Over the past 35 years, my work as a photojournalist has taken me to other countries to document wars, uprisings, natural disasters and global health crises. In revisiting my own country I discovered a national nightmare. But the people living through it aren’t deviants. They are ordinary citizens, our neighbors, our family members. I don’t think I met one user whom I would consider to be a bad person. No one wants to be an addict.

I also saw signs of hope, particularly from the people who are dealing with the crisis at the street level. Some of them are former users who have lifted themselves up and are using their experience to help others. They are refusing to allow our country to be defined by this problem. Instead, they are helping us define ourselves by finding solutions. We must join them.


TIME Photographer Contract November 24, 2015

Posted by bohdan.warchomij in : Time Magazine , comments closed


Is TIME Screwing Photographers?


Answer: Yes. But what are you going to do about it?1

John Harrington, Photographer and Author of Best Business Practices for Photographers, has a scathing takedown of Time Inc.’s new photographer contract that covers their 23+ brands. At first glance, the new “day rate” (a term that Harrington abhors) of $650 – up from $500 – doesn’t sound so bad when compared to many other publications in the industry, but the devil is in the details. And Harrington rightly makes the point that the rate has less buying power than the $350 rate from the 1980s.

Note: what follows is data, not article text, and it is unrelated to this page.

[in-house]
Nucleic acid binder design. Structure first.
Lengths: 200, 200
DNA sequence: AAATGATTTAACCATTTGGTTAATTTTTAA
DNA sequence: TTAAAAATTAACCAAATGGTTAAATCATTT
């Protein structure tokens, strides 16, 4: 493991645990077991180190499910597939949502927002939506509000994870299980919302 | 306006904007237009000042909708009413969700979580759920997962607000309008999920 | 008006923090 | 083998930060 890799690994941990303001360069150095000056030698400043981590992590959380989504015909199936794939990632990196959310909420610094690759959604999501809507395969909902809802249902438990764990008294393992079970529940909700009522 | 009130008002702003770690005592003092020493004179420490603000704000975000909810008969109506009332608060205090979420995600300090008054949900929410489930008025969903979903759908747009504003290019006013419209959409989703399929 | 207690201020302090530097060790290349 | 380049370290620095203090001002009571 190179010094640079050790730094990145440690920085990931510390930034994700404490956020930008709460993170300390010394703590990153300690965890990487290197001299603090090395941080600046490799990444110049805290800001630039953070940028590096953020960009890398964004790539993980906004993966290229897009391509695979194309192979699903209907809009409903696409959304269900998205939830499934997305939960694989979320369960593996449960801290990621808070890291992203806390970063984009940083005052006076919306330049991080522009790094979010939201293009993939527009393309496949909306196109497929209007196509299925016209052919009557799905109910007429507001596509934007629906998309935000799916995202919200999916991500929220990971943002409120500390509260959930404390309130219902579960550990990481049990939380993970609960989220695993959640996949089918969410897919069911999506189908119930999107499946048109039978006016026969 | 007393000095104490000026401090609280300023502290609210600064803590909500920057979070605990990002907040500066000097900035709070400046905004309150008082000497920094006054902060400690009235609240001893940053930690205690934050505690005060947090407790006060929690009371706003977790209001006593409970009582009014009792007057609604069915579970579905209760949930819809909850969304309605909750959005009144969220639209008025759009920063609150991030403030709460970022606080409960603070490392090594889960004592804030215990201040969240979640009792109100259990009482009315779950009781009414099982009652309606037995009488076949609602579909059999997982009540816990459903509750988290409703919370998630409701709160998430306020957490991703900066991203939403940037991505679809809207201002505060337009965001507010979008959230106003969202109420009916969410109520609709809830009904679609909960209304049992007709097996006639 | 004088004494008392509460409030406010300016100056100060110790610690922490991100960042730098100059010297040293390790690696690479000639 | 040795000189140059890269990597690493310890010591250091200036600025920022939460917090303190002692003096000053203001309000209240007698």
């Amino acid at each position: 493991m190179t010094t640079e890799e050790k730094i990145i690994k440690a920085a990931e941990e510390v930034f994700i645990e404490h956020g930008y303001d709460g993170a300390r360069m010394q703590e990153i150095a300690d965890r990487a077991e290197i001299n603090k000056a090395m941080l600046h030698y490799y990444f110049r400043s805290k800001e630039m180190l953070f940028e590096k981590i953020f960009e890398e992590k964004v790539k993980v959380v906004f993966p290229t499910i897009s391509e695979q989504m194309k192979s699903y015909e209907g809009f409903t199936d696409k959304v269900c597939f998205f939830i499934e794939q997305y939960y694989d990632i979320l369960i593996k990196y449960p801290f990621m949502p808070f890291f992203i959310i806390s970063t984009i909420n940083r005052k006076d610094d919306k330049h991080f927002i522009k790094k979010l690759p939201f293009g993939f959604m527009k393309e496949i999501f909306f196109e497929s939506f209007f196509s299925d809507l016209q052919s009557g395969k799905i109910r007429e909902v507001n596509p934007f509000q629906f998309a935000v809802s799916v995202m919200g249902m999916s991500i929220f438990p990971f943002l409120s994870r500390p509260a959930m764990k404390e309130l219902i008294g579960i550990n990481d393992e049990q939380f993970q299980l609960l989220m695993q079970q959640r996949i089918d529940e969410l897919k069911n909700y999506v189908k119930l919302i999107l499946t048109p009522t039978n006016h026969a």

Of notable objection:

  • The concept of “space” rates goes away. Photographers were previously compensated a minimum of $125 each time their photos appeared in print within a magazine. The new contract grabs perpetual rights for “space.” A photo of President Obama that might have previously been used in multiple issues and generated hundreds, if not thousands of dollars, for a photographer, can now be used without compensation in any “assigning brand.”
  • Any video shot while on a Time Inc. assignment is a work made for hire – i.e. they own the rights.
  • If an assignment is never published, there is no end to the embargo period.
  • An image that is used on a cover can not be licensed anywhere else.
  • Photographers have no injunctive relief if they believe Time Inc is in violation of the contract.
  • Payment is only paid upon “acceptance,” which is undefined. If an editor doesn’t like the photos, is it unacceptable? What if the story is killed?